Cybersecurity insurers, faced with growing demand, are looking for new ways to better measure their risks, says Aleksandr Yampolskiy, CEO of SecurityScorecard. So some are moving toward more carefully scrutinizing the cybersecurity postures of their potential clients.
Leading the latest edition of the ISMG Security Report: An analysis of how distraction tactics were used during a $10 million SWIFT-related hack at Banco de Chile. Also, a wrapup of Infosecurity Europe.
Although all the major credit card brands have dropped the requirement for obtaining signatures to verify point-of-sale transactions made with EMV payment cards, they're not pushing strongly for using PINs instead, leaving that authentication decision to card issuers, says Linda Kirkpatrick of Mastercard.
Leading the latest edition of the ISMG Security Report: Our exclusive report on an Australian criminal investigation into a company that apparently swiped cryptocurrency using a software backdoor. Also, cutting through the hype on artificial intelligence and machine learning.
Since its inception the NIST Cybersecurity Framework has been embraced across geographies and sectors. Trend Micro's Ed Cabrera talks about how to maximize the framework as a baseline for improving cybersecurity posture.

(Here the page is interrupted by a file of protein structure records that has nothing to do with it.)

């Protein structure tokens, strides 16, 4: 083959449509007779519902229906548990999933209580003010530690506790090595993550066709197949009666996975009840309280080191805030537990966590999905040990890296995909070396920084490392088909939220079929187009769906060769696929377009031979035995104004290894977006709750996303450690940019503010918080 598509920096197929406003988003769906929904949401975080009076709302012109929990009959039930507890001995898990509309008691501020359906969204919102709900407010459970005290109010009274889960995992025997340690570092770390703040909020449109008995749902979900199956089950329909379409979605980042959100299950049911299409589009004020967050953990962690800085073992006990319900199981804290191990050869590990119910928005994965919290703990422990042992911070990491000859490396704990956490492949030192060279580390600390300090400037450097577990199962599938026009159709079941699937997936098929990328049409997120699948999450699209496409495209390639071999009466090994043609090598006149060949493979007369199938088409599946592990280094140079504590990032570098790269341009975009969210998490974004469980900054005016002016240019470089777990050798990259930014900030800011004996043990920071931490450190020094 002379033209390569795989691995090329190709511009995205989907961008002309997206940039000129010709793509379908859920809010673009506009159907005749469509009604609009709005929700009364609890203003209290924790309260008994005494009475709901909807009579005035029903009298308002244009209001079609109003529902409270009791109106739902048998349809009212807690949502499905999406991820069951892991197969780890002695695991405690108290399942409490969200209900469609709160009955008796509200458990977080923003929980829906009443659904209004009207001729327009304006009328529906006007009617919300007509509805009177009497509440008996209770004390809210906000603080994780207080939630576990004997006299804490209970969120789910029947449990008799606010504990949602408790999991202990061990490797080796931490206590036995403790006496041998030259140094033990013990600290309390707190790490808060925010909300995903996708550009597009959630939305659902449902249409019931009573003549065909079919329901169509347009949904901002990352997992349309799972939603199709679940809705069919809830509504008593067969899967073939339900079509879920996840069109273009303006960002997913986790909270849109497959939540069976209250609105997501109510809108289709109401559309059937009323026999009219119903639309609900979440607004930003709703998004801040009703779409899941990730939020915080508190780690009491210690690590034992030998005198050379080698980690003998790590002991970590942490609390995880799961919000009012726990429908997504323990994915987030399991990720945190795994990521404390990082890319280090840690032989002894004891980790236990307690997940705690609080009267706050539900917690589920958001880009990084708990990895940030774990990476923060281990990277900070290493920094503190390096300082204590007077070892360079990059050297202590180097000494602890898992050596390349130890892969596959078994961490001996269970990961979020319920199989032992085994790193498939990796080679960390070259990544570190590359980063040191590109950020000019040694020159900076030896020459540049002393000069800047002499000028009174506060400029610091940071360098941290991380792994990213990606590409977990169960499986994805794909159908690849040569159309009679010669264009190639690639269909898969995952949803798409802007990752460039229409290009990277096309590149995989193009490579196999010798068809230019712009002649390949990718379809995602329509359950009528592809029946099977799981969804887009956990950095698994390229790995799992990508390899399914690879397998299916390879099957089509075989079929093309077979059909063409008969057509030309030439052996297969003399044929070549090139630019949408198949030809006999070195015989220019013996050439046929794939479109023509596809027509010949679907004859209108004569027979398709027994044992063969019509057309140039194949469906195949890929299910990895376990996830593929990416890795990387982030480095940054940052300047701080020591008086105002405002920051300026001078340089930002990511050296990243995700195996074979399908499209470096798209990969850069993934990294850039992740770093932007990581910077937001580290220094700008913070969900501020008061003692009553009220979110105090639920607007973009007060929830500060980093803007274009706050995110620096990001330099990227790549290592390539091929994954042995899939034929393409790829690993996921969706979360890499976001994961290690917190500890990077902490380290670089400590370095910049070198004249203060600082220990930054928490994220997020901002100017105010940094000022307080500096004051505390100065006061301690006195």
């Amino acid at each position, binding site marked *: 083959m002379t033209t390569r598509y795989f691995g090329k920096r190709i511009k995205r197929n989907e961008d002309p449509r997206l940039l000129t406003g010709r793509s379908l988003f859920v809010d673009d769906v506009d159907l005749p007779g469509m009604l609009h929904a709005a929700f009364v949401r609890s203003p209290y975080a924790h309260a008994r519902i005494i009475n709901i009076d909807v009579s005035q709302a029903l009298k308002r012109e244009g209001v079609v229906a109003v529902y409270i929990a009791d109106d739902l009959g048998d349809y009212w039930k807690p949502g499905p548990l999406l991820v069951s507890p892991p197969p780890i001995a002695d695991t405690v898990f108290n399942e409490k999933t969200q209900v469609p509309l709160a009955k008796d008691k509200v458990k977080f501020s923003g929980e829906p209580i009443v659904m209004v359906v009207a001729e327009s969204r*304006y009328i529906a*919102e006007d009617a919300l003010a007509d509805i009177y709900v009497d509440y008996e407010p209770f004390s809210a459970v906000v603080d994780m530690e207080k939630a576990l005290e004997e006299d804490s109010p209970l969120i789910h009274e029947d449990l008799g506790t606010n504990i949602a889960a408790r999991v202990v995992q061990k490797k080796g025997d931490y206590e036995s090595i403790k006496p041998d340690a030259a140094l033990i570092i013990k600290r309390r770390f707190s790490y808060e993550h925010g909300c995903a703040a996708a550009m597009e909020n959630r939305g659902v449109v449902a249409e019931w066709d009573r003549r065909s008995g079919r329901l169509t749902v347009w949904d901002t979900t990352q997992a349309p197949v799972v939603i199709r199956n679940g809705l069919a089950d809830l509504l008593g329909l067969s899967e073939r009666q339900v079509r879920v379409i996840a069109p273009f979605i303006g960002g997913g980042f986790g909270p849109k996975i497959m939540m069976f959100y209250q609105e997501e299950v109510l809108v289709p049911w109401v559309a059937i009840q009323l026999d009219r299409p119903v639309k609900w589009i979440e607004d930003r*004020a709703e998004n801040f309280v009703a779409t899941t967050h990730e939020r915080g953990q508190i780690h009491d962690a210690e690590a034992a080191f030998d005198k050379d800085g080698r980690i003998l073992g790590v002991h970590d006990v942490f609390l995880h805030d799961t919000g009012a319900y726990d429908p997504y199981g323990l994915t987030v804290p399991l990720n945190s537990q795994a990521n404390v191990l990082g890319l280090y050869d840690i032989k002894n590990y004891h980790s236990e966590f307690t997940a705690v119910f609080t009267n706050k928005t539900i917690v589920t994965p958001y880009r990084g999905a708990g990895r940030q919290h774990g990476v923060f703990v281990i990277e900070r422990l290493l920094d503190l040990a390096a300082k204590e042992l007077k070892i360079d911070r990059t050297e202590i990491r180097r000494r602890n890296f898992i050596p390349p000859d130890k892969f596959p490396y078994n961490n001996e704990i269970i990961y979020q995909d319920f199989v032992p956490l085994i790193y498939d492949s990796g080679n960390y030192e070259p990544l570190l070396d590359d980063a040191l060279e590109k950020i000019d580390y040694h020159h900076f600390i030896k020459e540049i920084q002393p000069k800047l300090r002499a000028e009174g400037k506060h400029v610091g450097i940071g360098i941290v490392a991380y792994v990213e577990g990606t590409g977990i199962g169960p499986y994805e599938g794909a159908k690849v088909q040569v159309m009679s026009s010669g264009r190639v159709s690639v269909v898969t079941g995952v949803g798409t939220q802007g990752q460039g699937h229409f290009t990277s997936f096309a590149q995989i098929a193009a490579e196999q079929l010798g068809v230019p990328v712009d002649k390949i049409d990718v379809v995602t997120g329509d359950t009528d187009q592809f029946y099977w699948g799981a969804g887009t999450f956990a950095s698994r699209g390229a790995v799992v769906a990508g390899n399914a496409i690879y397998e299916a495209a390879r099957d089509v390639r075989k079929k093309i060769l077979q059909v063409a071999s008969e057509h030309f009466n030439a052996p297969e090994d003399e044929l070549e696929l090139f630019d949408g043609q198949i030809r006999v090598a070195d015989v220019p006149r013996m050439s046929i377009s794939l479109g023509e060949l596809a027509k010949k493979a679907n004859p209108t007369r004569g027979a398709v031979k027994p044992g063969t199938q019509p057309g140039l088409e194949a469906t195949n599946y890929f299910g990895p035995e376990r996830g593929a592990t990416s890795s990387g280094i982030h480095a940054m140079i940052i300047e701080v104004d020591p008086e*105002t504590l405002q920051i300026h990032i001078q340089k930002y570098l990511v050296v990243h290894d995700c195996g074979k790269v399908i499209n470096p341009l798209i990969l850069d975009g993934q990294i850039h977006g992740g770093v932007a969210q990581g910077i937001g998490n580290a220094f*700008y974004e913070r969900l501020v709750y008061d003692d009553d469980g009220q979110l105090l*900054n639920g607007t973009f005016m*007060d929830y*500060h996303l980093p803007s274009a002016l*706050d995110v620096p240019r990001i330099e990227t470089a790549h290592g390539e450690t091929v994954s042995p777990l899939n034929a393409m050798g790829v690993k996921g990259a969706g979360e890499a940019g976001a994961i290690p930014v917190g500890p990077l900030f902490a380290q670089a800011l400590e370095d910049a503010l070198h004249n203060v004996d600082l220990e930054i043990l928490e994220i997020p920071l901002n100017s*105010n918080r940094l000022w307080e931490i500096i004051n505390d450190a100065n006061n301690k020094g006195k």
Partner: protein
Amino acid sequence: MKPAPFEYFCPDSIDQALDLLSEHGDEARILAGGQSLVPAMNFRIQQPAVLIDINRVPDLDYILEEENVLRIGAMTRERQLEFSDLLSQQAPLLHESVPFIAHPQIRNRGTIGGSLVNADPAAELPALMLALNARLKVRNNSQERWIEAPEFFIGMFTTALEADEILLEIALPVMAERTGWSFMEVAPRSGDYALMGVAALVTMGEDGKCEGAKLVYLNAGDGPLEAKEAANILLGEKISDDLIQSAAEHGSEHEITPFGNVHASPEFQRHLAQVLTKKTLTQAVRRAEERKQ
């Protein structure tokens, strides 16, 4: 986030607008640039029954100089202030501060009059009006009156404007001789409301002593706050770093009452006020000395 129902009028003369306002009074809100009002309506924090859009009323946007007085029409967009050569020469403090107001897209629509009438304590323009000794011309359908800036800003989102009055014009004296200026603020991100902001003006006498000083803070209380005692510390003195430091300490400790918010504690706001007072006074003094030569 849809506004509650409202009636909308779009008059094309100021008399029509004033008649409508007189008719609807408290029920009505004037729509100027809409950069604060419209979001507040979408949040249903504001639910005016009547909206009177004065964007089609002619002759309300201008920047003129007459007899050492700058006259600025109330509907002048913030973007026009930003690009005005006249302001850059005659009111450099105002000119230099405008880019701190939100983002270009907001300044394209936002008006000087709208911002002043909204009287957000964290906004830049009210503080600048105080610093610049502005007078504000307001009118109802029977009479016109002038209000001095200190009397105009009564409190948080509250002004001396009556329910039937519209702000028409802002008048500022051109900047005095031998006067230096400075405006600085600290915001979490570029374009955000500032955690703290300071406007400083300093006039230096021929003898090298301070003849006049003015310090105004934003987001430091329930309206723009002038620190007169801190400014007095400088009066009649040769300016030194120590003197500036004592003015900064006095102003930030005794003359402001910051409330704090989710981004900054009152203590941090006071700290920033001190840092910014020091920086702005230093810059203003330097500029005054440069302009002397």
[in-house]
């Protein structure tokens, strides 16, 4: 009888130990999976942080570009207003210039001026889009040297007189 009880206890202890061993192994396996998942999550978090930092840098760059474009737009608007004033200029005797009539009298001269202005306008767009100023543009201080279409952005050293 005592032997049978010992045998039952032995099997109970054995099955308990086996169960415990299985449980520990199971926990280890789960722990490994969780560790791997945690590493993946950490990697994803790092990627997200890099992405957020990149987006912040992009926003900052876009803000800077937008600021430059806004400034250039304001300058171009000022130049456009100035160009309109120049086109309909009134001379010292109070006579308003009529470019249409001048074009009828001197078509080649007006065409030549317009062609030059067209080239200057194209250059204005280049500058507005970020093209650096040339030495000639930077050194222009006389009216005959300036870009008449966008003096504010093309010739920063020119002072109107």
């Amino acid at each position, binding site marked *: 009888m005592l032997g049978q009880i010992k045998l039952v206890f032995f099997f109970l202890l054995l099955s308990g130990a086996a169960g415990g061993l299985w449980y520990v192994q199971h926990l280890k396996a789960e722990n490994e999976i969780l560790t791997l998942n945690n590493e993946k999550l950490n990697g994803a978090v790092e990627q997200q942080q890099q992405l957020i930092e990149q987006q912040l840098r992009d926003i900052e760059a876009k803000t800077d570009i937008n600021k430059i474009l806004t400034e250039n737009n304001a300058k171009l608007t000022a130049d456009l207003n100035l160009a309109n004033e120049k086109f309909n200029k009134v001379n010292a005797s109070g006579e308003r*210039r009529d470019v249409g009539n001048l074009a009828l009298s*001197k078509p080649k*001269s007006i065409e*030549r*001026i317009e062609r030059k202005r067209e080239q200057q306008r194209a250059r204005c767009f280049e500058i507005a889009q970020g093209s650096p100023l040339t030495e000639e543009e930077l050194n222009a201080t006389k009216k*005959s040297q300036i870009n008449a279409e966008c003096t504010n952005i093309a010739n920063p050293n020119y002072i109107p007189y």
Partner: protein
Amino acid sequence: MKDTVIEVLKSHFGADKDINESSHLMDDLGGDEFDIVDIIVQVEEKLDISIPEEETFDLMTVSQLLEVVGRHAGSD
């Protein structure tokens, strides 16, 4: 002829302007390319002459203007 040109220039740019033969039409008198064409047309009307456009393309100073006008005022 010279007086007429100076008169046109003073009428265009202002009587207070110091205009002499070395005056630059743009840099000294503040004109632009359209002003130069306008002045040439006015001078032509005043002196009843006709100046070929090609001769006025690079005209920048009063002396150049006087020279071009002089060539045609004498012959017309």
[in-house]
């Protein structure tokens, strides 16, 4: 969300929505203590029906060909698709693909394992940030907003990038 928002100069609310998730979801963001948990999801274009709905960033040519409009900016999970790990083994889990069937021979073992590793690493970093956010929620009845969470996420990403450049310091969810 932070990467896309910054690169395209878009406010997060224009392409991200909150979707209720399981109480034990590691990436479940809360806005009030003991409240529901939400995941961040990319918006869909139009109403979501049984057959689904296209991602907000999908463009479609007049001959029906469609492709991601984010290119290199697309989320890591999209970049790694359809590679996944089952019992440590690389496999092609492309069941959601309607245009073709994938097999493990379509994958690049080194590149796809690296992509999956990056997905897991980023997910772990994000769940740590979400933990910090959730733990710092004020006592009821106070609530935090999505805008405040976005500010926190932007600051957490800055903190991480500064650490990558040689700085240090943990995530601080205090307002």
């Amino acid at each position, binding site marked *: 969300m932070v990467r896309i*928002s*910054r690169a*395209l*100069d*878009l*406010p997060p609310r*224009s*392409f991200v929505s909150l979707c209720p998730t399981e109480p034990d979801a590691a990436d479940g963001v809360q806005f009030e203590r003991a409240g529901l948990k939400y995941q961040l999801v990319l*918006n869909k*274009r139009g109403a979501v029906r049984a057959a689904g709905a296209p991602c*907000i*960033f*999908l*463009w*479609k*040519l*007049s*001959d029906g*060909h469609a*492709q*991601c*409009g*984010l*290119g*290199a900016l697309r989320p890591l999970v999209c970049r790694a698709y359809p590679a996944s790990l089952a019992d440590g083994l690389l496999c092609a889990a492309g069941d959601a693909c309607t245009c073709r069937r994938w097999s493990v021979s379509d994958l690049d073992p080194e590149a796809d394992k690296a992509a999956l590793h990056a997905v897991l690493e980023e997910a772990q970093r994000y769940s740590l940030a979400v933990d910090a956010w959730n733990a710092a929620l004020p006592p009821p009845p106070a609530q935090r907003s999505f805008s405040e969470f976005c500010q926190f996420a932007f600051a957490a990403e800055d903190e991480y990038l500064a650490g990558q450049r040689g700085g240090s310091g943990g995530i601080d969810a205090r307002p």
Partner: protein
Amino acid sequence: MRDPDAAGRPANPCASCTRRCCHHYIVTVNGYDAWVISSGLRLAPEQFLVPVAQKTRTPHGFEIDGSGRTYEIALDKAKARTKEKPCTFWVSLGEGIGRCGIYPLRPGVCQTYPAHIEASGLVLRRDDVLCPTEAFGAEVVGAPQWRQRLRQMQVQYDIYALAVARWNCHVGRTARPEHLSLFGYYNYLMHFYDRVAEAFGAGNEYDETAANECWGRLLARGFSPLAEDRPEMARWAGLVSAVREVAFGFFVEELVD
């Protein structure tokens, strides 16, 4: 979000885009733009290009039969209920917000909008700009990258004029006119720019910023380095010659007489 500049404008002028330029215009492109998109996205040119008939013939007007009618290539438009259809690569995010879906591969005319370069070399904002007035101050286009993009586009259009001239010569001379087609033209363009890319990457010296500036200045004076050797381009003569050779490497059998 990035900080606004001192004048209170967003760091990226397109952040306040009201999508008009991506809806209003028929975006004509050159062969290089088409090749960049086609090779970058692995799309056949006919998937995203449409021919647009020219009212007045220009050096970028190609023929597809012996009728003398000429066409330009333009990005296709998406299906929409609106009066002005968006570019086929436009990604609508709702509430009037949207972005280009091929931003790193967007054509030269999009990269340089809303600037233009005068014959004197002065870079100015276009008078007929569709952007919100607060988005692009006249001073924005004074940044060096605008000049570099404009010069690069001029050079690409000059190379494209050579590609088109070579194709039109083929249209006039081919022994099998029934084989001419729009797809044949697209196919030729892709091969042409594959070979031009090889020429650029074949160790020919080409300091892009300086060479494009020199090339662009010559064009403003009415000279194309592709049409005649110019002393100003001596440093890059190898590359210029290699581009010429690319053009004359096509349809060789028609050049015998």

Companies offering cybersecurity products are using the terms "artificial intelligence" and "machine learning" in many different ways. But the real meanings of the terms are far more nuanced than marketing hyperbole would lead us to believe, says Grant Wernick of Insight Engines.
Machine learning is supporting new ways of battling evolving cyber threats, such as by analyzing behaviors, says Darshan Appayanna, CISO at Happiest Minds, an IT services firm, who will be a featured speaker at ISMG's upcoming Fraud and Breach Prevention Summit in Bengaluru.
Leading the latest edition of the ISMG Security Report: Cybersecurity expert Brian Honan provides insights on why organizations that are not yet compliant with GDPR need to focus on several key steps. Also: An assessment of the progress women are making in building careers in information security.
Cybersecurity challenges and solutions have evolved greatly since 2002. And so has the Executive Women's Forum, which was founded that year to advance female leaders in the profession. Founder Joyce Brocaglia reflects on the forum's accomplishments and challenges.
What happens if organizations that must comply with GDPR have yet to achieve compliance, despite having had two years to do so before enforcement began? Don't panic, says cybersecurity expert Brian Honan, but do be pursuing a data privacy transparency and accountability action plan.
File-less malware is a huge security challenge for organizations today, and traditional email security controls aren't sufficient to meet the challenge. Burke Long of Lastline offers insight on a new way to approach email security.
How much progress has the healthcare sector made in the last 10 years addressing medical device cybersecurity issues? And what action is still needed? Ben Ransford, a principal researcher in a groundbreaking 2008 report about cardiac device cyber risks, offers his assessment.
Security leaders have been addressing the global skills gap for better than a decade now, with little to show for it. But Joe Cosmano of iboss recommends a new approach, leveraging software-as-a-service to make up for the staffing shortfall.